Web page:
Microsoft creates new AI lab to take on Google's DeepMind
Microsoft is setting up a new research lab focused on artificial intelligence with the goal of creating more general-purpose learning systems.
The new lab, called Microsoft Research AI, will be based at the company’s headquarters in Redmond, Wash., and involve more than 100 scientists from across various sub-fields of artificial intelligence research, including perception, learning, reasoning and natural language processing.
The goal, said Eric Horvitz, the director of Microsoft Research Labs, is to combine these disciplines to work toward more general artificial intelligence, meaning a single system that can tackle a wide-range of tasks and problems. Such a system, for instance, might be able to both plan the best route to drive through a city and also figure out how to minimize your income tax bill, while also understanding difficult human concepts like sarcasm or gestures.
This differs from so-called narrow AIs, which are just designed to perform a single task well -- for instance, recognize faces in digital photographs.
In entering the race to develop more general learning systems, Microsoft will be competing with other AI research companies, such as London-based DeepMind and San Francisco-based Google Brain, both divisions of Alphabet, as well as OpenAI, whose founders include Elon Musk and Peter Thiel, and GoodAI, a small research outfit in the Czech Republic.
"The field has undergone a tremendous amount of centrifugal force over the years," Horvitz said in an interview, noting how computer vision experts rarely talked to natural language processing experts or vice versa. The goal of the new Microsoft lab, he said, was to bring all these researchers back together and get them talking to one another and working on common goals.
In addition to its existing researchers, Horvitz said Microsoft plans to hire computer scientists and experts in fields such as cognitive psychology to join the new lab. The new Microsoft lab will also partner with the Center for Brains, Minds and Machines at the Massachusetts Institute of Technology, Horvitz said.
Microsoft is partnering with many of its new rivals in an effort called the Partnership on AI to Benefit People and Society that is looking at the ethical implications of the development of more powerful, increasingly ubiquitous, machine learning systems.
Horvitz, who was the co-founding chair of the Partnership on AI and will take over as sole chair next year, said that as Microsoft developed more advanced AI capabilities, it was critical that these systems were perceived as both fair and transparent.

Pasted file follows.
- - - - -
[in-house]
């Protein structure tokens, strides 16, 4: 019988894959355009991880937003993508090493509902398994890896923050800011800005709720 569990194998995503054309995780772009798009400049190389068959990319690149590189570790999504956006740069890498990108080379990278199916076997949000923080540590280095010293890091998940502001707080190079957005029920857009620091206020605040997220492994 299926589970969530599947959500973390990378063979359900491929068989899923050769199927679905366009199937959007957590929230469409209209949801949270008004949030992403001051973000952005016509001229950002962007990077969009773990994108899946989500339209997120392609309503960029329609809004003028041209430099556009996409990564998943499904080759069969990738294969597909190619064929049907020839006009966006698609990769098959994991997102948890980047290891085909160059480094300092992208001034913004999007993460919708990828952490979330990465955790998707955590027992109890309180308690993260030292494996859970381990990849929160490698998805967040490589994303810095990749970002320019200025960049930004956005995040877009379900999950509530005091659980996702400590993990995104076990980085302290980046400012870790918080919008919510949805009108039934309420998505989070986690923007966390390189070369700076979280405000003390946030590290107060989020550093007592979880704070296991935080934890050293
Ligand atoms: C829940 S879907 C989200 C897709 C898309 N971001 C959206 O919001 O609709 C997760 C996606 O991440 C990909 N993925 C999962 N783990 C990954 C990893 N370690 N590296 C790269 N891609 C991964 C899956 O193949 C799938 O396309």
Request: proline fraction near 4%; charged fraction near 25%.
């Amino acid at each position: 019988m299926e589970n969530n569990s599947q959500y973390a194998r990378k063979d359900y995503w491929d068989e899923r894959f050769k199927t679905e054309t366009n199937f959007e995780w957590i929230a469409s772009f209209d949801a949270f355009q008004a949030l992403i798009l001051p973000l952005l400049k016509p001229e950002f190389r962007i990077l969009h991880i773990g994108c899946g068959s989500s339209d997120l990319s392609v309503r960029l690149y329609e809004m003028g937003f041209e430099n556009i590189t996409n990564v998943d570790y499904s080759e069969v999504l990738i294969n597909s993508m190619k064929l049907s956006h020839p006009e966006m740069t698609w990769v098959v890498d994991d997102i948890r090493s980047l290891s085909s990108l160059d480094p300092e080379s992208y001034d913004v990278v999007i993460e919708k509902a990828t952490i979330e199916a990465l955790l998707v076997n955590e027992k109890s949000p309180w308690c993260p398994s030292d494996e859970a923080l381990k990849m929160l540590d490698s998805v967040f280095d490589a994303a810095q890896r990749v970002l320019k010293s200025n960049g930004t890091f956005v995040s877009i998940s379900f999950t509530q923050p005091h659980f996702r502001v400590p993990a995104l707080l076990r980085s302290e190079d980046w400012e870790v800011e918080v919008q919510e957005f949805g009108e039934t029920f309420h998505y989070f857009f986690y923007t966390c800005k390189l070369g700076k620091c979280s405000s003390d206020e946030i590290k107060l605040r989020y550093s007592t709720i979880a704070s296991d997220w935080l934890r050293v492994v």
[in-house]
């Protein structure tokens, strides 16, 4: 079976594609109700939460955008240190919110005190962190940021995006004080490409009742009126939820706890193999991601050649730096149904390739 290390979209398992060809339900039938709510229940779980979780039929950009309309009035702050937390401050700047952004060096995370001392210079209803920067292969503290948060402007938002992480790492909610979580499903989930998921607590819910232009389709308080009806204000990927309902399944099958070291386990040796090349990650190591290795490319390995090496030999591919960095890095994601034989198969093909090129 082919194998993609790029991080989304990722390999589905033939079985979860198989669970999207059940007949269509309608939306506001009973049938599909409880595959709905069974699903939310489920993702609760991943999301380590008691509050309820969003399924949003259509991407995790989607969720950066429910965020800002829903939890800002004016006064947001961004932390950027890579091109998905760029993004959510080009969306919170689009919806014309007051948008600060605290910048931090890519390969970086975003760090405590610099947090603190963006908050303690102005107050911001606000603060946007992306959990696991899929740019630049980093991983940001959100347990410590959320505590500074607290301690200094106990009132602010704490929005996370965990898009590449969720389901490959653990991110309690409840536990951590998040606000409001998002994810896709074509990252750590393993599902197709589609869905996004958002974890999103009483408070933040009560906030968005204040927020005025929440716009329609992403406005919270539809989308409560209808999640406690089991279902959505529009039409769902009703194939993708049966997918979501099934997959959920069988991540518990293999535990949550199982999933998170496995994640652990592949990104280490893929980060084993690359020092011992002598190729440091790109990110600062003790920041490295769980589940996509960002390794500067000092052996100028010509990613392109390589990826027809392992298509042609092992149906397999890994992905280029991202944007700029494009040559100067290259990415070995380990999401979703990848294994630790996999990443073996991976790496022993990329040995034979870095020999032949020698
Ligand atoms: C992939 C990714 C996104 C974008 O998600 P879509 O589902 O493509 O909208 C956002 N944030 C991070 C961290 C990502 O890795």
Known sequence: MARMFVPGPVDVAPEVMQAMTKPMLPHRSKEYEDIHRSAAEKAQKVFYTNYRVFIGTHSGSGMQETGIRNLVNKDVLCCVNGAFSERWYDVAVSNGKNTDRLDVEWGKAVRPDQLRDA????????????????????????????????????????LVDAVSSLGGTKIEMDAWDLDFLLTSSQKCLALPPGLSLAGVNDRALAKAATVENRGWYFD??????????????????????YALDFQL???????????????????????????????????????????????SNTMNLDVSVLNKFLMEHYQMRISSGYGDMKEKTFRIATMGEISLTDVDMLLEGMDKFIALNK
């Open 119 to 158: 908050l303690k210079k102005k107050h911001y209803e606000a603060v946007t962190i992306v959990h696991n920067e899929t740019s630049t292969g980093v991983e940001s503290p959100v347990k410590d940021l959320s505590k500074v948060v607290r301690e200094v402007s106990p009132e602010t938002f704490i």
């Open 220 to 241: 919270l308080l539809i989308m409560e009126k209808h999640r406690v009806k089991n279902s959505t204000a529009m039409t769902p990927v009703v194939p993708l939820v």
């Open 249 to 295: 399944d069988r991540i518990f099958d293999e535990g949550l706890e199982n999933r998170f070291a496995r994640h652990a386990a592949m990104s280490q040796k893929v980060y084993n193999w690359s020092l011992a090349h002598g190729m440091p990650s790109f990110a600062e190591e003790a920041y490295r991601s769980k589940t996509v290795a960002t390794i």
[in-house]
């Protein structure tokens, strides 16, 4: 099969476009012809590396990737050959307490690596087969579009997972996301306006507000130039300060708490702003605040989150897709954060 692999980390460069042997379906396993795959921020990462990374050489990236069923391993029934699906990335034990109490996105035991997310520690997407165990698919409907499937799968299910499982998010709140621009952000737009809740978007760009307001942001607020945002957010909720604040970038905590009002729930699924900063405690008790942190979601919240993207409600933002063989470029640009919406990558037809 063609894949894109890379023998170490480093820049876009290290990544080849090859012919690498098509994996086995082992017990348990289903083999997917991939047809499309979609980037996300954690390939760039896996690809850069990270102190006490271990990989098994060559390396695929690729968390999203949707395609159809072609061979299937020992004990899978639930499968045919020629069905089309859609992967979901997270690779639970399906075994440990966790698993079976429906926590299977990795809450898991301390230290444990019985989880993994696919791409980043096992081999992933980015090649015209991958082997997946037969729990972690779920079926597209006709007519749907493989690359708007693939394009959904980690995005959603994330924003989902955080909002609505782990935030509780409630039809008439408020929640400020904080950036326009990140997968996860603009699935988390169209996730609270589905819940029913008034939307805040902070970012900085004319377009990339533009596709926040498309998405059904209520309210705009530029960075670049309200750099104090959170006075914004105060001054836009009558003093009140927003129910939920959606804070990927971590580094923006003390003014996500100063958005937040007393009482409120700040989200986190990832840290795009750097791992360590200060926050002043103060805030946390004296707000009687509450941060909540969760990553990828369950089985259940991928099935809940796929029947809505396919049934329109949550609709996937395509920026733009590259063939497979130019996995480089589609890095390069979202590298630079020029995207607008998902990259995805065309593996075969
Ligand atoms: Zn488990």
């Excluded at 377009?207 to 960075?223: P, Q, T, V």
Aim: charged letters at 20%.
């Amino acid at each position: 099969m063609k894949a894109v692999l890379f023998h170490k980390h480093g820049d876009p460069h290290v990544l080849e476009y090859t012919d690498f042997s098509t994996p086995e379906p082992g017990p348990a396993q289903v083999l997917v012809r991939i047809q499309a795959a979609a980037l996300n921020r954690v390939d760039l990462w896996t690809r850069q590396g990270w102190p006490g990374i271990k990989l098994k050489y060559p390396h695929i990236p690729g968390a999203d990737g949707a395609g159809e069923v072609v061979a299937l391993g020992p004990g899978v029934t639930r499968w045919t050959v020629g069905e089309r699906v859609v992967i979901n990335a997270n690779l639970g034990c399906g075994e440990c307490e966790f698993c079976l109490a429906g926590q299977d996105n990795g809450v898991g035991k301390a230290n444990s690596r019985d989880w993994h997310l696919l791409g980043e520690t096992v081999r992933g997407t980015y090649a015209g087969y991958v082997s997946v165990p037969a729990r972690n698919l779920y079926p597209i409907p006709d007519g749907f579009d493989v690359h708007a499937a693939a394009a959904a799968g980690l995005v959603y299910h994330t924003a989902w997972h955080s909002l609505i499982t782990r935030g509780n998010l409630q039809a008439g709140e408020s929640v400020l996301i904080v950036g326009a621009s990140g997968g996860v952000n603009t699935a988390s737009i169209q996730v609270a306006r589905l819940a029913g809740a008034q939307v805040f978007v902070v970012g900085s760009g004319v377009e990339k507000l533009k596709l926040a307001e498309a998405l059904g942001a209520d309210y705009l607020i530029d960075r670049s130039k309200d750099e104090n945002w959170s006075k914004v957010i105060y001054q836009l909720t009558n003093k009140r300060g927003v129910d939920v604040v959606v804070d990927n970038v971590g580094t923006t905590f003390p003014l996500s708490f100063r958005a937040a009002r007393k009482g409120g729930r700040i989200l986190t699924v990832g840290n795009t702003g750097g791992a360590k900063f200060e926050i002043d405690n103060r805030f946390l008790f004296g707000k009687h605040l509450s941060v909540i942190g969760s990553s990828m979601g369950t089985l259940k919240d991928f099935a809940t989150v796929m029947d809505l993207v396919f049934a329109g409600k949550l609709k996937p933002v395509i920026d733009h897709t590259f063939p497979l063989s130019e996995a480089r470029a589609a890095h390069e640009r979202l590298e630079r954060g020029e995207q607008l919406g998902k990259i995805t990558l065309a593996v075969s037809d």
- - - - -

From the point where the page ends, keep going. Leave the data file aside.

To that end, Microsoft also said Wednesday it was creating a new company-wide advisory panel, consisting of representatives from each of its corporate divisions and also chaired by Horvitz, to provide ethical oversight for the company’s AI efforts. The panel, called AI and Ethics in Engineering and Research, or Aether for short, will report directly to Microsoft chief executive officer Satya Nadella.
The new initiatives on AI research comes at a time when AI-enabled products—such as its voice-activated digital assistant Cortana—are becoming more critical to Microsoft. Last week, the company reorganized its sales force to focus more on selling products related to artificial intelligence and cloud computing.
In addition, Microsoft said Wednesday it was creating a new project called AI for Earth that will provide $2 million in cloud-computing credits and training in machine learning techniques to scientists doing research on sustainability issues related to agriculture, water, biodiversity and climate change. The project is being led by Lucas Joppa, Microsoft’s chief environmental scientist.
As part of its initial work, AI for Earth is supporting a project that is using computer vision to analyze satellite images of the Chesapeake Bay watershed to examine how development is impacting wetlands.
Another study, called Project Premonition, is tracking the spread of infectious diseases by analyzing the pathogens mosquitoes carry. The study envisions identifying mosquito hotspots using computer vision technology deployed on drones and then using robotic traps to capture insects to analyze. A third pilot program, called FarmBeats, is trying to put data in the hands of farmers to improve crop yields.
Microsoft’s competitors, such as Alphabet, have also talked about using AI to battle climate change and improve environmental sustainability, including lowering the power consumption of data centers and factories or boosting crop yields.